Ohinemuri Regional History Journal 48, September 2004


By B R Thorp

To begin with, it needs to be explained that the Rotokohu Road, up until 1900, was the main route south from the Thames-Waihi Goldfields, the most populous region in the North Island, after Auckland, so it was not surprising that this land was seen to be desirable for settlement, that is, the hill country, as all the flat land away from the rivers, was on unfarmable swamp.

This story begins in 1922. I will detail the owners/occupiers of the various surveyed blocks in the upper Rotokohu at that time. This story is also a microcosm of what happened all over New Zealand in the early days of settlement, right from the Wakefield schemes of 1838, and not too dissimilar. Such was the enthusiasm of would-be settlers, many bought blocks or allotments "off the plans" as it were, without ever inspecting the land, or even if there was any access to it. Some were genuine settlers, others mere speculators, who never set foot on the land. The following is a list of owners of each block, as at 1922, with brief details. The reason 1922 has been chosen for the study is that that year was the beginning of the end for all these owners (bar one). In other words, the end of an era.

Harry Hill: 304 acres not farmed, top of range, all bush, parts very steep, no access. Sold 1922.

J Clarkin: 400 acres not farmed, better land, all bush, no access, facing Te Aroha. Sold 1923.

Lands & Survey Department: 91 acres Government ownership, all bush, no access, facing south. Sold 1924.

Rihitoto Mataia: 29 acres not farmed, Maori/private ownership. Sold 1925.

Jim Brown: 439 acres, farmed. Sold 1934.

Dan Sheehan: 34 acres, farmed. Sold 1939.

Dave Sheehan: 208 acres farmed. Retained in family.

Barrett: 107 acres, farmed. Sold.

Costello: 378 acres, farmed. Sold 1942.

Nichols Brothers: 164 acres, logged but not farmed. Maori private ownership. Sold 1955.

Farming was at a very subsistence level, but the settlers were all super optimists. Yet everything was against them, except their enthusiasm. The land, when cleared of bush, was very stony and of low fertility. Soil could not be tilled without the removal of firstly stumps, then stones and boulders. Each settler hand milked from ten to twenty cows, with the usual associated farm livestock. Small mobs of goats were run in an attempt to control blackberry. On the larger blocks, sheep were run. Potatoes were grown, approximately three acres by Barrett, and one acre by Dan Sheehan, surplus produce being sold for cash, or traded in Paeroa. Native log sales and firewood provided some extra income.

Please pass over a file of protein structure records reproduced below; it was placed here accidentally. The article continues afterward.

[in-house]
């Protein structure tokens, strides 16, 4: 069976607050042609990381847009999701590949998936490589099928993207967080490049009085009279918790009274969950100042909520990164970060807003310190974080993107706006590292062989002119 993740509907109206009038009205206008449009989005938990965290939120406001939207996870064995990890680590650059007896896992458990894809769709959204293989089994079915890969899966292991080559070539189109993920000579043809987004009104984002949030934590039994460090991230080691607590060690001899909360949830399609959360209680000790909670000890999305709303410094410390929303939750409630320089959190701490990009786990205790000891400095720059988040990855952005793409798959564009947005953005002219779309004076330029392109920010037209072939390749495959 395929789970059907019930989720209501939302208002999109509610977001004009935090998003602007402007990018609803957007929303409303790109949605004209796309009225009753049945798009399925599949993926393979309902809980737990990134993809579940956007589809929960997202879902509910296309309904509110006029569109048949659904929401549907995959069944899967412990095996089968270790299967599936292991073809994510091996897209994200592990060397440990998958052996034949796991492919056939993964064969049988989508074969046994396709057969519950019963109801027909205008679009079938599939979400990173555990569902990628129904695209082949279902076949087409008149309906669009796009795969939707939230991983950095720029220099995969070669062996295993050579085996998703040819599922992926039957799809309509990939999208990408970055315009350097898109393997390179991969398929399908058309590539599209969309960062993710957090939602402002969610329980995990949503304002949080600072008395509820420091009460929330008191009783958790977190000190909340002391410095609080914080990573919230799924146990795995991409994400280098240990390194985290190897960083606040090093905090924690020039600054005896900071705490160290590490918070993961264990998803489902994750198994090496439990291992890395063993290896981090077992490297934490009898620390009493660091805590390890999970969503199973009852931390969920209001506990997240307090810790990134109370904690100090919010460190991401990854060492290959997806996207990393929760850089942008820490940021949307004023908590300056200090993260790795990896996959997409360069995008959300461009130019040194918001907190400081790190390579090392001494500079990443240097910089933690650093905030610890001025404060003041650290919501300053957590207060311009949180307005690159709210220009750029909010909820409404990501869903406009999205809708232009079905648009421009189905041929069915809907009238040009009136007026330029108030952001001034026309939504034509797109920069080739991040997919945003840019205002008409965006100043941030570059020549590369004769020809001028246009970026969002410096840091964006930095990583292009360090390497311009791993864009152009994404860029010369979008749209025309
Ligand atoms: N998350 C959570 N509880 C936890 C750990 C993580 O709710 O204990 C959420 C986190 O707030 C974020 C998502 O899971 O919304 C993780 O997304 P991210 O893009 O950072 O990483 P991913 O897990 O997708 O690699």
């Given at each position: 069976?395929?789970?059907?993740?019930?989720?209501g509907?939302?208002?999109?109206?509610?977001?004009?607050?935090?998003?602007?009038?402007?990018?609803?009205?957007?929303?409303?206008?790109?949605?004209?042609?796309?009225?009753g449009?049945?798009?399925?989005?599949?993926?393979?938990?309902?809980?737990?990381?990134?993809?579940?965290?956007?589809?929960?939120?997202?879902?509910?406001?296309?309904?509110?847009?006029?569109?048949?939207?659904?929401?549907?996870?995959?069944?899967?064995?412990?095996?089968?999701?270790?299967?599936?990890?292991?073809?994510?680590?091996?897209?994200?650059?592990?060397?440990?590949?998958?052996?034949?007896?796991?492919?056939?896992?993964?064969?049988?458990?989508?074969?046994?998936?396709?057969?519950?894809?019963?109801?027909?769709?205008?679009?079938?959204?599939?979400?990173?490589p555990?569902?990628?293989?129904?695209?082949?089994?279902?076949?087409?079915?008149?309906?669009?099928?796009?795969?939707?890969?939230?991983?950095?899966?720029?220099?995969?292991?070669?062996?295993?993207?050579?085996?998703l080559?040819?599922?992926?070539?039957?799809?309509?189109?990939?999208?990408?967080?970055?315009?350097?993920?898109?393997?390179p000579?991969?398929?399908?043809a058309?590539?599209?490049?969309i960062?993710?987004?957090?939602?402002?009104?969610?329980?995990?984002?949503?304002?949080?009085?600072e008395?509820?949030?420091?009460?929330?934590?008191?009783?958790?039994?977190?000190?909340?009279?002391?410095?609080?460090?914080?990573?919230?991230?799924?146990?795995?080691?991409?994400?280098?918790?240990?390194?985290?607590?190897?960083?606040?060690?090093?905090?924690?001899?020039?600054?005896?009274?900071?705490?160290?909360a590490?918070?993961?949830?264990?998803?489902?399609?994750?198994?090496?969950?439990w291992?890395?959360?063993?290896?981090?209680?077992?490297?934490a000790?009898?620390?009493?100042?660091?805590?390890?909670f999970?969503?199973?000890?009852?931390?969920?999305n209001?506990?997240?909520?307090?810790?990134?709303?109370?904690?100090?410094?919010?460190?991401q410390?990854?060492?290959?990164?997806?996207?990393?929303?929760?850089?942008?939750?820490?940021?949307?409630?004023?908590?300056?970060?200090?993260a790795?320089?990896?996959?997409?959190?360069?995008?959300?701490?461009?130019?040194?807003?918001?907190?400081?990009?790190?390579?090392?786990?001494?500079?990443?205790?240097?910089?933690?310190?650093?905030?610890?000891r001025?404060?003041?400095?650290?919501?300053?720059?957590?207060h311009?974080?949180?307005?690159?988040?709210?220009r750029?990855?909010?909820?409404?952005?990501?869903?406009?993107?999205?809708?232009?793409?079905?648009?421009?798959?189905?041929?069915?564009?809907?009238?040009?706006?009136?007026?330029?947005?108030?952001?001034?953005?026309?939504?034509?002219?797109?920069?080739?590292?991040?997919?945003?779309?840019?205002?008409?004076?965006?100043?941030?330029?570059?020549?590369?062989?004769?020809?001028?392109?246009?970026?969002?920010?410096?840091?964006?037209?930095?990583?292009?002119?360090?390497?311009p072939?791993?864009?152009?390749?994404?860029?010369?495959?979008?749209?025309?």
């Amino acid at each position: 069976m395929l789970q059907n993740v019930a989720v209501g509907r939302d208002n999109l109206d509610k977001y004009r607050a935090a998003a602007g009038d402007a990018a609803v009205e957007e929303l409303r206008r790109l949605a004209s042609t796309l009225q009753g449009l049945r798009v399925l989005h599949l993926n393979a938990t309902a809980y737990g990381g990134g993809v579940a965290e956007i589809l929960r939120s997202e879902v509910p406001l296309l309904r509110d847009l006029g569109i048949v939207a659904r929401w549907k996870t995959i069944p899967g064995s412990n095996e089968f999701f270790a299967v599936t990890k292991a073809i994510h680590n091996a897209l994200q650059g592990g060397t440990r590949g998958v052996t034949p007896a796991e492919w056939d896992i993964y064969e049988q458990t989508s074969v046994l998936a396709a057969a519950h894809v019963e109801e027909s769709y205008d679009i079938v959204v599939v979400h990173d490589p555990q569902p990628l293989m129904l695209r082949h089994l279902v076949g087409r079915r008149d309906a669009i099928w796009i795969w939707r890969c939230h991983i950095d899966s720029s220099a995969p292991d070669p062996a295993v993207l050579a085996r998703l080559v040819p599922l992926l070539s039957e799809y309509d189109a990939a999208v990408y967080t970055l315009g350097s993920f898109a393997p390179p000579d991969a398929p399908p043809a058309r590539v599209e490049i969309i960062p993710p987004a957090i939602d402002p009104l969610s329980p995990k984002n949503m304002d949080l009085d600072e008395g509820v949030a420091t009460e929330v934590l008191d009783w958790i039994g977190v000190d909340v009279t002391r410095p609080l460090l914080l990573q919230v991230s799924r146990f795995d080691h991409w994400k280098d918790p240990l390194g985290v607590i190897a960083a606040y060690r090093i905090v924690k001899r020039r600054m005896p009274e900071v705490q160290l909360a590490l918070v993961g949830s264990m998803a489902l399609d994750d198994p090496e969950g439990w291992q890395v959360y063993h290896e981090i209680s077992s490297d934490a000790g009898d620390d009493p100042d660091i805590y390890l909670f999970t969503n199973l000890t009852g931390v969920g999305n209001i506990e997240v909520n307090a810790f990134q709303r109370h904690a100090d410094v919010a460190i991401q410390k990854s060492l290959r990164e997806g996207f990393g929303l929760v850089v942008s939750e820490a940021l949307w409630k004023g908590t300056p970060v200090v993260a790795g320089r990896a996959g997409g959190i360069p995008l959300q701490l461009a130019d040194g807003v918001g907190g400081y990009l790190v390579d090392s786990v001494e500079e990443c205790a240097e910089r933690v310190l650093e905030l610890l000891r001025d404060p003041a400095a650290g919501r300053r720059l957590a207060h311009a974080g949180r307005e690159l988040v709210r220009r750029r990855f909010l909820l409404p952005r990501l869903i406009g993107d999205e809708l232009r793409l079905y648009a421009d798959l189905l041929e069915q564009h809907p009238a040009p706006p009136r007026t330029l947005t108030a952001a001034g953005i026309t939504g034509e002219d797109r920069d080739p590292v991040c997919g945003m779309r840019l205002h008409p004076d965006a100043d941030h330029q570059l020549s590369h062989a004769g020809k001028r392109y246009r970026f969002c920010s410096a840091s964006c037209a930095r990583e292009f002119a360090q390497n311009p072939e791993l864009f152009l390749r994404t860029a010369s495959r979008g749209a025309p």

The first two on the above list, Harry Hill and J Clarkin, had by now realised that their land was impossible to farm, as the only access was by foot or horseback from Karangahake town, along a winding bridle track, around the eastern side of Karangahake Mountain, climbing to the main divide. This track was formed as it was the most direct route between the then flourishing gold mining towns of Karangahake and Te Aroha. Despite several "drives" for gold being put in, no gold-bearing quartz was found, so these two gentlemen happily quit their holdings in 1922 and 1923.

The other settlers

With low fertility, no fertiliser, no chemical technology to deal with weeds, the land gradually reverted to a mixture of hawthorn, barberry, blackberry, gorse, and natures own regenerator, tea tree. Only one settler survived - Dave Sheehan, who was able to convert his small cowshed to electricity, and bought an early model truck and began a cream run down Rotokohu Road, ending up at the New Zealand Co-operative factory in Paeroa. This block remained in the Sheehan family but is now in lifestyle blocks - the steeper land being retired to forestry. The last to sell was Costello, who hung on until 1942, as tea tree began to re-clothe the hard, steep hills.

Unusual stone artefact.

Unusual stone artefact.

Early Settlers of Rotokohu
Ohinemuri Regional History Journal 48, September 2004
Unusual stone artefact.

It should be worthy of mention that there is evidence of one Maori family living in the area. (Maori villages were numerous around Paeroa, on the river banks.) Pori Kopa and his family had lived at the foot of the valley, and would have been there for at least several generations, as they established their own burial ground (urupa). A subsistence living it was, but made more agreeable by the cultivation of tobacco for their own use, the seed originally acquired by Maori from early European contacts. The seed is extremely viable and continues to flourish in 2004. Other essential crops were also grown in this sheltered spot - the site of my present residence and stockyards. Upon European settlement, this land became part of the Costello block of 378 acres, but excluding the burial ground.

It is noteworthy that the early Government surveyors were careful to exclude Maori burial sites, so Pori Kopa's family burial ground is preserved in perpetuity. One unusual stone artefact found on this site has several carved koru indentations, filled with white silica, which is now in the Paeroa Museum. (See the photograph opposite.)

What of this land today? It is all being farmed, but only because of the huge research done on fertilisers, soil and pastures by New Zealand scientists, together with dedicated Department of Agriculture advisors, plus the advances in mechanisation, all of which the early settlers never had, but which enabled the Thorp brothers, Hal and Fielden, to redevelop this land into a viable sheep and cattle farm.